Chen, Peng, E-mail: peng@ices.utexas.edu, and Schwab, Christoph, E-mail: christoph.schwab@sam.math.ethz.ch. Sparse-grid, reduced-basis Bayesian inversion: Nonaffine-parametric nonlinear equations. United States: N. p., 2016. Web. doi:10.1016/J.JCP.2016.02.055.
Chen, Peng, E-mail: peng@ices.utexas.edu, & Schwab, Christoph, E-mail: christoph.schwab@sam.math.ethz.ch. Sparse-grid, reduced-basis Bayesian inversion: Nonaffine-parametric nonlinear equations. United States. doi:10.1016/J.JCP.2016.02.055.
Chen, Peng, E-mail: peng@ices.utexas.edu, and Schwab, Christoph, E-mail: christoph.schwab@sam.math.ethz.ch. 2016. "Sparse-grid, reduced-basis Bayesian inversion: Nonaffine-parametric nonlinear equations". United States. doi:10.1016/J.JCP.2016.02.055.
@article{osti_22572326,
title = {Sparse-grid, reduced-basis Bayesian inversion: Nonaffine-parametric nonlinear equations},
author = {Chen, Peng, E-mail: peng@ices.utexas.edu and Schwab, Christoph, E-mail: christoph.schwab@sam.math.ethz.ch},
abstractNote = {We extend the reduced basis (RB) accelerated Bayesian inversion methods for affine-parametric, linear operator equations which are considered in [16,17] to non-affine, nonlinear parametric operator equations. We generalize the analysis of sparsity of parametric forward solution maps in [20] and of Bayesian inversion in [48,49] to the fully discrete setting, including Petrov–Galerkin high-fidelity (“HiFi”) discretization of the forward maps. We develop adaptive, stochastic collocation based reduction methods for the efficient computation of reduced bases on the parametric solution manifold. The nonaffinity and nonlinearity with respect to (w.r.t.) the distributed, uncertain parameters and the unknown solution is collocated; specifically, by the so-called Empirical Interpolation Method (EIM). For the corresponding Bayesian inversion problems, computational efficiency is enhanced in two ways: first, expectations w.r.t. the posterior are computed by adaptive quadratures with dimension-independent convergence rates proposed in [49]; the present work generalizes [49] to account for the impact of the PG discretization in the forward maps on the convergence rates of the Quantities of Interest (QoI for short). Second, we propose to perform the Bayesian estimation only w.r.t. a parsimonious, RB approximation of the posterior density. Based on the approximation results in [49], the infinite-dimensional parametric, deterministic forward map and operator admit N-term RB and EIM approximations which converge at rates which depend only on the sparsity of the parametric forward map. In several numerical experiments, the proposed algorithms exhibit dimension-independent convergence rates which equal, at least, the currently known rate estimates for N-term approximation. We propose to accelerate Bayesian estimation by first offline construction of reduced basis surrogates of the Bayesian posterior density. The parsimonious surrogates can then be employed for online data assimilation and for Bayesian estimation. They also open a perspective for optimal experimental design.},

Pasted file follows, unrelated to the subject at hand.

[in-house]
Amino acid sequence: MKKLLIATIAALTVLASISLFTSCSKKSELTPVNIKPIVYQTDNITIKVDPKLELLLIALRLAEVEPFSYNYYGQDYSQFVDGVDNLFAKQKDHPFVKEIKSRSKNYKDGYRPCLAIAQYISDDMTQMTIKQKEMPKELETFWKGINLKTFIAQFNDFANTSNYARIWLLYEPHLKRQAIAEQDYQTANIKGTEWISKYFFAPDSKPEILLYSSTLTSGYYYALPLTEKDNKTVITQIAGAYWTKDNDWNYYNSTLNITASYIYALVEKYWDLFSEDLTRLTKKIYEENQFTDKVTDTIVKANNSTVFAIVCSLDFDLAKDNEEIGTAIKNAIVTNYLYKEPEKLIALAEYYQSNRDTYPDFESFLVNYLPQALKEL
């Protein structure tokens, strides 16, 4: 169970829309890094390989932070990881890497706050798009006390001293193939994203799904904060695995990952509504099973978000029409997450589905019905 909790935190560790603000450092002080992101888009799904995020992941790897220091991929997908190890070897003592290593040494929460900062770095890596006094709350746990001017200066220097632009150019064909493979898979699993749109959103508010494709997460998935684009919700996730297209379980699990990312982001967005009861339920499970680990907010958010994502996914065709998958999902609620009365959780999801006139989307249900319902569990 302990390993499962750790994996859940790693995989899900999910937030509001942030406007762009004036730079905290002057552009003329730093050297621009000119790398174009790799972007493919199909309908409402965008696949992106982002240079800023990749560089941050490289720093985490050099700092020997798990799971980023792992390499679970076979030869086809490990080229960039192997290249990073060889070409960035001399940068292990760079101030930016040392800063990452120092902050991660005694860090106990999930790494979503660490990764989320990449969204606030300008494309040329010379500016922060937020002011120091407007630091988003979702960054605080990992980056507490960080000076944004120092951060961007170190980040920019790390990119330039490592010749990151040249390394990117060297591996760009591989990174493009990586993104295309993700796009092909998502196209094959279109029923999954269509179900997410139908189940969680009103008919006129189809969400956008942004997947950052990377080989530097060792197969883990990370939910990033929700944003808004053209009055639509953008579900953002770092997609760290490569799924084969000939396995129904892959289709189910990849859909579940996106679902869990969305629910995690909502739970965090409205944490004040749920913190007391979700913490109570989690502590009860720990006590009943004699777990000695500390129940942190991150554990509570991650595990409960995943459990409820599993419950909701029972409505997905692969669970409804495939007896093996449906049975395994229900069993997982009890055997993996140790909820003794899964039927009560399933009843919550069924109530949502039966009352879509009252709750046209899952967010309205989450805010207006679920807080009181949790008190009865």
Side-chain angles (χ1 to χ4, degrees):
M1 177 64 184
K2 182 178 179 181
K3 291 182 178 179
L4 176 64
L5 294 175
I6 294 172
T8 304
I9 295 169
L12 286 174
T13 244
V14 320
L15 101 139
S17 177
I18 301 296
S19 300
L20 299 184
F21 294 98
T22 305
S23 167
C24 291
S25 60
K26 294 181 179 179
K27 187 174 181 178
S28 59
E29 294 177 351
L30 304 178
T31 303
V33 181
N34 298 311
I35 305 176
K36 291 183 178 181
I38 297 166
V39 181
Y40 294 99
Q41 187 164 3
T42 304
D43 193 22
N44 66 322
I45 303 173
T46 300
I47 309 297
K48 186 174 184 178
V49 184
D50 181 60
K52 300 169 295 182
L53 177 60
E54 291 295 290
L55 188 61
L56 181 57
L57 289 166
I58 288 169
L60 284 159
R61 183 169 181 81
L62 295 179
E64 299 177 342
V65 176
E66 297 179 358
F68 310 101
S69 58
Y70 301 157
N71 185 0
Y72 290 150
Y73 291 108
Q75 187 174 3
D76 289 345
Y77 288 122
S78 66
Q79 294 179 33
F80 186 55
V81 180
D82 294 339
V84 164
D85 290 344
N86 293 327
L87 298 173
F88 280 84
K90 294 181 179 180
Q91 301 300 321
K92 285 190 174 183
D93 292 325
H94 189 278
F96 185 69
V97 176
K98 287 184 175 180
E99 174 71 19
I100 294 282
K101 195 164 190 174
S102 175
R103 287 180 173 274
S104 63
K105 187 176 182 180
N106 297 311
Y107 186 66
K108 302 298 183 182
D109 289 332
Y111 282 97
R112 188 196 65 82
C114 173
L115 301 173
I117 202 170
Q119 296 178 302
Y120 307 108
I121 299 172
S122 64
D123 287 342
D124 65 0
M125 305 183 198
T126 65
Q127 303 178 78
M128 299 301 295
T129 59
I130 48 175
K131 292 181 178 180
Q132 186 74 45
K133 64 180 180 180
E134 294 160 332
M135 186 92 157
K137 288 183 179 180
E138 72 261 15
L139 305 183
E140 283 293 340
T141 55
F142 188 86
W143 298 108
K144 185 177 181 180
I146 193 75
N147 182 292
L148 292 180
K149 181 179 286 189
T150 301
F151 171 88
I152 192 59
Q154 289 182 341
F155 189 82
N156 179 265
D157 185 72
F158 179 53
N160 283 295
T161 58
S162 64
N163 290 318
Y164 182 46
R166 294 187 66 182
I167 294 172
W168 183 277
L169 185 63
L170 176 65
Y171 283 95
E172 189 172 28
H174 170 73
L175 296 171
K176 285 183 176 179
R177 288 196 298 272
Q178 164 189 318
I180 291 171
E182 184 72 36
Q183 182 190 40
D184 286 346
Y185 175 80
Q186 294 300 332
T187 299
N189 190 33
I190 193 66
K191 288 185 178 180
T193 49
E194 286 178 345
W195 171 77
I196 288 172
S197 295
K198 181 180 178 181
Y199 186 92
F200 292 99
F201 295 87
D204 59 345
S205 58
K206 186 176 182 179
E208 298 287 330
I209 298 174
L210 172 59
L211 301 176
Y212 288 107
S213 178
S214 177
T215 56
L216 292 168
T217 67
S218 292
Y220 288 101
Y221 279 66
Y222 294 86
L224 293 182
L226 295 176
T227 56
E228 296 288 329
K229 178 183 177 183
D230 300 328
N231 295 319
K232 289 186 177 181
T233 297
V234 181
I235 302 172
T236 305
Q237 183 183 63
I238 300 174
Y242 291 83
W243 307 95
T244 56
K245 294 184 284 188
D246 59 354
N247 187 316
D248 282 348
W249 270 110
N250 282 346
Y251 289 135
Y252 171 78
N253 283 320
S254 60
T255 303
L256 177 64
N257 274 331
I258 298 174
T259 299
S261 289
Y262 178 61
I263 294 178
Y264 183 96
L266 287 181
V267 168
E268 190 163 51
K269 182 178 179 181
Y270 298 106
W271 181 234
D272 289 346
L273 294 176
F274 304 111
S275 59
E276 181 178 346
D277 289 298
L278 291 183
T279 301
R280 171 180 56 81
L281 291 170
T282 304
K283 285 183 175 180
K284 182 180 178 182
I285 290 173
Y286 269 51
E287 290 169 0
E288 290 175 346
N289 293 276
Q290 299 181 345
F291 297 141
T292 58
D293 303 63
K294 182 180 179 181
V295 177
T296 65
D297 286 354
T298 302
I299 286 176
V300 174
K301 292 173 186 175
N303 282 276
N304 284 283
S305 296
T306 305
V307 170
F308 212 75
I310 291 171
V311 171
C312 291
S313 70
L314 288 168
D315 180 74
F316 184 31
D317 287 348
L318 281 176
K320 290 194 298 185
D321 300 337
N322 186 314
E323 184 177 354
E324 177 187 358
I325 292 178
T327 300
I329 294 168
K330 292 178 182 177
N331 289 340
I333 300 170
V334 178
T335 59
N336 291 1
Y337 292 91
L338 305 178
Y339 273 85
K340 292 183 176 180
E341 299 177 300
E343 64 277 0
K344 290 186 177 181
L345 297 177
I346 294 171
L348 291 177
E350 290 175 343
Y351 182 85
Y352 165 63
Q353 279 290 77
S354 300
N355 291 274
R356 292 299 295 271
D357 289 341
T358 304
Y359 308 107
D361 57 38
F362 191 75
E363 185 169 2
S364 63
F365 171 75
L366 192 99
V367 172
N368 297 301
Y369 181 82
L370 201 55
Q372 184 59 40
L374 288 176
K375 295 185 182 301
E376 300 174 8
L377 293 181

doi = {10.1016/J.JCP.2016.02.055},
journal = {Journal of Computational Physics},
number = ,
volume = 316,
place = {United States},
year = 2016,
month = 7
}